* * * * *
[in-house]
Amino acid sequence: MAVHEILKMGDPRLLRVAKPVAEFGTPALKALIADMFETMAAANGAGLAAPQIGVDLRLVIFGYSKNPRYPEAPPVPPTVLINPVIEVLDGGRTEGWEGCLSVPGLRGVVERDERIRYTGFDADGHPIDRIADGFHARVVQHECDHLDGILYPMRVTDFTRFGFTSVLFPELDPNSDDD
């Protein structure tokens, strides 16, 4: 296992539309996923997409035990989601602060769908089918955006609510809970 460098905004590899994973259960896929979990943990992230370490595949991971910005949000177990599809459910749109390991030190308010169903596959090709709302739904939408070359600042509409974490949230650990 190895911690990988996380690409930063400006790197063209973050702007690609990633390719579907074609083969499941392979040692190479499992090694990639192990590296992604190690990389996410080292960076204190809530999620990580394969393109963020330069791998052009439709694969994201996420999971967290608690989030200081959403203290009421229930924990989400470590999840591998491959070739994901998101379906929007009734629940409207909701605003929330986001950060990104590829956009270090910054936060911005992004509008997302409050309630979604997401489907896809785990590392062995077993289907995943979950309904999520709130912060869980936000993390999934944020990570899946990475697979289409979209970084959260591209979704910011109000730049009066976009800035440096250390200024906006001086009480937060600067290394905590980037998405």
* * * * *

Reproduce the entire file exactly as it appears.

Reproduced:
[in-house]
Amino acid sequence: MAVHEILKMGDPRLLRVAKPVAEFGTPALKALIADMFETMAAANGAGLAAPQIGVDLRLVIFGYSKNPRYPEAPPVPPTVLINPVIEVLDGGRTEGWEGCLSVPGLRGVVERDERIRYTGFDADGHPIDRIADGFHARVVQHECDHLDGILYPMRVTDFTRFGFTSVLFPELDPNSDDD
């Protein structure tokens, strides 16, 4: 296992539309996923997409035990989601602060769908089918955006609510809970 460098905004590899994973259960896929979990943990992230370490595949991971910005949000177990599809459910749109390991030190308010169903596959090709709302739904939408070359600042509409974490949230650990 190895911690990988996380690409930063400006790197063209973050702007690609990633390719579907074609083969499941392979040692190479499992090694990639192990590296992604190690990389996410080292960076204190809530999620990580394969393109963020330069791998052009439709694969994201996420999971967290608690989030200081959403203290009421229930924990989400470590999840591998491959070739994901998101379906929007009734629940409207909701605003929330986001950060990104590829956009270090910054936060911005992004509008997302409050309630979604997401489907896809785990590392062995077993289907995943979950309904999520709130912060869980936000993390999934944020990570899946990475697979289409979209970084959260591209979704910011109000730049009066976009800035440096250390200024906006001086009480937060600067290394905590980037998405």